Phono amp output impedance/integrated amp input impedance problems


Hi everyone,

I have been shopping around for a new integrated amp for my all-vinyl system.  In another thread (asking for integrated recommendations), I learned that I should be careful with the impedance matching with my tubed phono stage (500 ohm nominal output impedance).  Our esteemed Almarg alerted me to the fact that I should probably be looking for an integrated with a line-level input impedance of 37.5k ohms to be safe, about 25k at a minimum.  I did some research over the last couple of days into some integrated amps, and I was shocked to find out that a 37.5k minimum input impedance rules out nearly every amp I investigated: the Creek 100A, Parasound Halo, Exposure 2010/3010, Conrad Johnson CA150, Shiit Ragnarok.   

Perhaps separates are a better choice?  Or a SS phono stage?  

Any thoughts on how to open up more options would be appreciated.  

Best, Scott



smrex13
The rule of thumb is the input impedance should be a minimum of 10 times the output impedance of  the source. If you do the math, it looks like you should be safe with any of your choices. I'm sure Al will correct me if I am wrong!
I think the problem is that the 500 ohms is only the nominal impedance of the phono stage, and tubed phono stages can actually have output impedances several times the nominal impedance, especially at lower frequencies.  


I think the problem is that the 500 ohms is only the nominal impedance of the phono stage, and tubed phono stages can actually have output impedances several times the nominal impedance, especially at lower frequencies.
That’s right, Scott. Most tube-based phono stages and preamps (as well as some solid state designs) utilize a coupling capacitor at their output. The impedance of a capacitor increases as frequency decreases, and as a result it is not uncommon for the output impedance of such a design to rise from a few hundred ohms at mid-range frequencies to 3K or 4K at 20 Hz. (That rise can be reduced if the designer chooses a larger value capacitor rather than a smaller value capacitor, but doing so can have other downsides).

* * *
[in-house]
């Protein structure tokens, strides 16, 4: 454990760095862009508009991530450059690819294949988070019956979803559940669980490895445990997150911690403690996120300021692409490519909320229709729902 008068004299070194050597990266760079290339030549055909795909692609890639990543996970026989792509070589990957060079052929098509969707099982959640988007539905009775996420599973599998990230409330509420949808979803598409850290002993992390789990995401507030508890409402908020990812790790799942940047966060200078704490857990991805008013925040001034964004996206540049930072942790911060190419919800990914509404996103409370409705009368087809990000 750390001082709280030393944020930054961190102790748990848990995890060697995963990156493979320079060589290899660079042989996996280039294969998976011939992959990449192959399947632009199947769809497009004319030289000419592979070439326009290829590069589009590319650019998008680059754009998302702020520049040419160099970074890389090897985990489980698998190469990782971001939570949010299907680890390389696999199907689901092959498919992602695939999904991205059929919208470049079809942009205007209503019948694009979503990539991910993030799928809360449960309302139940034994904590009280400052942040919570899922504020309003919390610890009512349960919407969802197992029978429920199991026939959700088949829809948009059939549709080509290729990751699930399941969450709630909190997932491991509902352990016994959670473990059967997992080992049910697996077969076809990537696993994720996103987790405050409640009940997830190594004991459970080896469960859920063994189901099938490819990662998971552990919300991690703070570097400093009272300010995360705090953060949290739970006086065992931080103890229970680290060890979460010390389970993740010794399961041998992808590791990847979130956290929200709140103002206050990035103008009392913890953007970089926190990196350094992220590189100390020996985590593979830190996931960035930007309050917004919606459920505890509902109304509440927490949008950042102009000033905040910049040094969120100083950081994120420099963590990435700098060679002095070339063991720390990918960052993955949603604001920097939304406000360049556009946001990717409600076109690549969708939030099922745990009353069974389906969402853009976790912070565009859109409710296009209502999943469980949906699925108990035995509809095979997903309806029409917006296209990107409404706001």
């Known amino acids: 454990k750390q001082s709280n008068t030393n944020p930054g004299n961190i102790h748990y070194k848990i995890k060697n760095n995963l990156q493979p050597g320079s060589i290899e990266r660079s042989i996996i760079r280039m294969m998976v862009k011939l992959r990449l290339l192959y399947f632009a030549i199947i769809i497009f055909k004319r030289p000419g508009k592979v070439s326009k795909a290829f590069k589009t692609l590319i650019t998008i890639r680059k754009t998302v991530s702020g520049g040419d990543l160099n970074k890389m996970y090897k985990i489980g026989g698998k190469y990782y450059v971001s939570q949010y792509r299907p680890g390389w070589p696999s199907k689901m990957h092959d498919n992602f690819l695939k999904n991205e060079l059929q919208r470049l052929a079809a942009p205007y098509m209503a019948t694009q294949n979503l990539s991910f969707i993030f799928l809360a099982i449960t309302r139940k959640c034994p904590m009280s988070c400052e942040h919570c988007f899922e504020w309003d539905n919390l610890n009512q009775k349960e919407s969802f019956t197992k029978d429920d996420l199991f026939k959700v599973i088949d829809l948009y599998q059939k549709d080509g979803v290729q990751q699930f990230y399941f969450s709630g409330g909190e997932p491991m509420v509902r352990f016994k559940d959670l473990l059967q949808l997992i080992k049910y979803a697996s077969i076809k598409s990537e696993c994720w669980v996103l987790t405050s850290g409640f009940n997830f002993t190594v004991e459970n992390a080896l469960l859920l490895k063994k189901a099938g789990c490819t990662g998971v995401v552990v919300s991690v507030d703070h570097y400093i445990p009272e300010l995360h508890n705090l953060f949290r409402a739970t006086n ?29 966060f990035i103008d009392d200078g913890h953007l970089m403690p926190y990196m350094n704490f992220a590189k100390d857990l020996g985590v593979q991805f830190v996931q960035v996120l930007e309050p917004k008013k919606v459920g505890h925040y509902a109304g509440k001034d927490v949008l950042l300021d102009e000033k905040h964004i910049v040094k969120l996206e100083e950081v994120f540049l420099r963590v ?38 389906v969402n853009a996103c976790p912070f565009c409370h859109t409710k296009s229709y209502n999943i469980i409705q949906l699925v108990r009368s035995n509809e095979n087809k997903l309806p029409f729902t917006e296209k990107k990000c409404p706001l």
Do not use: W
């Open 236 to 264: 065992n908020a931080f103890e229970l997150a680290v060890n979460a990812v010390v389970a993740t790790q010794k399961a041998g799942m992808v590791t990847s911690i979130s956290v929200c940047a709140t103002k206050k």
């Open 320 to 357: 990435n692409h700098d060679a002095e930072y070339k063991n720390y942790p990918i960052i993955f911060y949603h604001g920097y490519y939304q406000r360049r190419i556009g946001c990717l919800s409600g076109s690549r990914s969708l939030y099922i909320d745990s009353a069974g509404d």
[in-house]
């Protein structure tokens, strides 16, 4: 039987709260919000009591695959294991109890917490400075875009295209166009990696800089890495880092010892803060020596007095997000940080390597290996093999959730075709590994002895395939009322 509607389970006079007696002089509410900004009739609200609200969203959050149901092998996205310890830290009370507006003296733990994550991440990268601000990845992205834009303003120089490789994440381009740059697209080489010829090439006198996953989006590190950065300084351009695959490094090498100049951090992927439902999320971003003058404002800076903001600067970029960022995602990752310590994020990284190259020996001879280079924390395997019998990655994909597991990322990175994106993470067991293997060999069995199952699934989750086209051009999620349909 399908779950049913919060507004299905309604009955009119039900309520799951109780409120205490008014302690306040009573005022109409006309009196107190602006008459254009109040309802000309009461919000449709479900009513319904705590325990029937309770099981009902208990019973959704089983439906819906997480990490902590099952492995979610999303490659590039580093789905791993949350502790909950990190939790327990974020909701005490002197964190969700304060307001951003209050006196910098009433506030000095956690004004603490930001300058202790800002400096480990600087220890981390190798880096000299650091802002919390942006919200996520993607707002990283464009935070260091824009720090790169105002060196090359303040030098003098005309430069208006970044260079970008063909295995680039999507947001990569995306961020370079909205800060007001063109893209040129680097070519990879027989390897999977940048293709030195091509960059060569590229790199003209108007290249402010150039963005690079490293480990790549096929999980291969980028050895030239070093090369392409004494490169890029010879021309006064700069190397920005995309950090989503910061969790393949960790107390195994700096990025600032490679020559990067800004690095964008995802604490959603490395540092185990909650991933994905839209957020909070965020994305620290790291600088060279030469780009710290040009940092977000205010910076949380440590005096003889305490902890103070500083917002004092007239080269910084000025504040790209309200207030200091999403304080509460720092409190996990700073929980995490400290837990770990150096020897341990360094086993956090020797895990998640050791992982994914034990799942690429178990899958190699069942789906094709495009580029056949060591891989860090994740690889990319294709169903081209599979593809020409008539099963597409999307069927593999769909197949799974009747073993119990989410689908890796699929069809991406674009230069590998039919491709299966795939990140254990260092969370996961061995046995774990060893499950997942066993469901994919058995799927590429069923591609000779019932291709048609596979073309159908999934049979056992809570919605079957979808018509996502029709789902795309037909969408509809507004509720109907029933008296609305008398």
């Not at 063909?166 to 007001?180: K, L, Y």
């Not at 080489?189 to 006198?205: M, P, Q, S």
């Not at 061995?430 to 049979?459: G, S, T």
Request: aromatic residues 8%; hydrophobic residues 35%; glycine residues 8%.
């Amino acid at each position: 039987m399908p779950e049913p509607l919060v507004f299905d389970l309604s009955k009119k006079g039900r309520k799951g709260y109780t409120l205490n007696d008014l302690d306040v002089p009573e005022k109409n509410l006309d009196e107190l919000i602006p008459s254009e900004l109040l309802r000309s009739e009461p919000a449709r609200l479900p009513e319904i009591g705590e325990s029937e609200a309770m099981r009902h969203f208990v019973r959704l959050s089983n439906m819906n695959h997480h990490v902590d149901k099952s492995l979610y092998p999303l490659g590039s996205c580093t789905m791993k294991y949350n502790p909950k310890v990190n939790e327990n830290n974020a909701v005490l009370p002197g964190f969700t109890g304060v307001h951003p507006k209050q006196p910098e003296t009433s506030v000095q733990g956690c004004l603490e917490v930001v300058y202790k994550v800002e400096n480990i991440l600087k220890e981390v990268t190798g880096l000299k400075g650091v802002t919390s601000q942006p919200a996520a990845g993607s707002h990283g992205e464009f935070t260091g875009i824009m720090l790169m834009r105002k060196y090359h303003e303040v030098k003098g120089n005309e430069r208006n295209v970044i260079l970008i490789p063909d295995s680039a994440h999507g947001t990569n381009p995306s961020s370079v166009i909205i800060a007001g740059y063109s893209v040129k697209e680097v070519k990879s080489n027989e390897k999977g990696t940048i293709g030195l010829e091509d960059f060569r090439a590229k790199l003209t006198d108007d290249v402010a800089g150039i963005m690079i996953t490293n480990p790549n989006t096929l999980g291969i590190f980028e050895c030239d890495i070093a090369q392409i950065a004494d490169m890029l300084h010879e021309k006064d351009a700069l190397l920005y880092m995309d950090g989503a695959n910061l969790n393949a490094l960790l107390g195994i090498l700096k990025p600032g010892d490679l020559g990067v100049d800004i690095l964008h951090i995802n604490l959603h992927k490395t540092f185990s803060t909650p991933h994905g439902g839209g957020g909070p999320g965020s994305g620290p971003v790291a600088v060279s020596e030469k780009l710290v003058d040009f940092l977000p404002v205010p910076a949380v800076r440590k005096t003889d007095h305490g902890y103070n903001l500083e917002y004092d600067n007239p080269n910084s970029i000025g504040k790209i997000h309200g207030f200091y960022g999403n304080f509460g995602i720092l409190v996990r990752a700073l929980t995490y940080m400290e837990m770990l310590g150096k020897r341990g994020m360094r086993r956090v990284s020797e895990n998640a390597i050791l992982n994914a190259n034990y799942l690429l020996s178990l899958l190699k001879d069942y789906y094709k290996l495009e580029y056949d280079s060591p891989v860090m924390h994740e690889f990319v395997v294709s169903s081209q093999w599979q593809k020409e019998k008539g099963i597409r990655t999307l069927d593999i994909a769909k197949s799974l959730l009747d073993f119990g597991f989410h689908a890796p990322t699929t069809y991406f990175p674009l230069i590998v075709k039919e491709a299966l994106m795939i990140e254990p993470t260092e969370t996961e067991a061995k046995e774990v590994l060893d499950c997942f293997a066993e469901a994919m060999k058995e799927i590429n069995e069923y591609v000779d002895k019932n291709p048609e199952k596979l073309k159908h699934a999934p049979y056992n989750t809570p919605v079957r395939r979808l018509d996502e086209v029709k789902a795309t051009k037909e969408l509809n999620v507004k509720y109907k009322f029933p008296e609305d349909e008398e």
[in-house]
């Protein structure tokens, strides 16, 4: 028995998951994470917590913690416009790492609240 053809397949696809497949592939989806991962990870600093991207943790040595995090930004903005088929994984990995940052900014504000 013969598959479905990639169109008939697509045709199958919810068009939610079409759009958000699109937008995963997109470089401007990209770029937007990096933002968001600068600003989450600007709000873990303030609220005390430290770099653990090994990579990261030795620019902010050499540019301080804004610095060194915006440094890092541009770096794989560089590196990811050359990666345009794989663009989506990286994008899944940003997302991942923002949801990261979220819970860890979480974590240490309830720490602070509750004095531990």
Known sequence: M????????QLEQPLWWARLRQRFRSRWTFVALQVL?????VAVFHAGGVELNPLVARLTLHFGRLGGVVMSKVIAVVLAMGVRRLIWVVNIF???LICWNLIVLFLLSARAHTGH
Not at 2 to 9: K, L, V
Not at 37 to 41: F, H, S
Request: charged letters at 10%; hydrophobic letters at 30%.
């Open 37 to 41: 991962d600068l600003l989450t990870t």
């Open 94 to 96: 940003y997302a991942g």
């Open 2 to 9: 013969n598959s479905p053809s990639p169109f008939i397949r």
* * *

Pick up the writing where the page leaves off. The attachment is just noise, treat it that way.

Since the 20 Hz output impedance of your Croft RIAA phono stage doesn’t seem to be indicated anywhere, and since it presumably uses a coupling capacitor at its output, I had suggested that to be safe a factor of 50x to 75x should be applied to the 500 ohm nominal output impedance, resulting in the 25K and 37.5K numbers you cited. Note that the 25K figure is not even all that conservative, as an output impedance rise to 3K at 20 Hz (which is not uncommon) would not meet the commonly stated 10x guideline, at that frequency.

What I’d suggest at this point is contacting Croft and asking if they can tell you specifically what the output impedance of the phono stage is at 20 Hz.  Or, alternatively, what they would recommend as the minimum load impedance that should be used with that phono stage.

Best regards,
-- Al
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10 times, even 50x or 75x, is insufficient to provide optimal performance.  IMO, 100 times is a little better.  That being the case, there is no reason why amps have to have such low input impedances. 

There are solid state amps with a proper impedance so that you don't have to compromise the phono stage. 
@bpoletti Even if I just take the 500 ohm nominal input impedance of the Croft, I'd be looking for a 50k input impedance on an integrated amp.  I haven't come across any that high.  Most are well below, some as low as 10k.  
Use a separate preamp.  Quality tube preamp, or solid state.  They will have a realistic input impedance.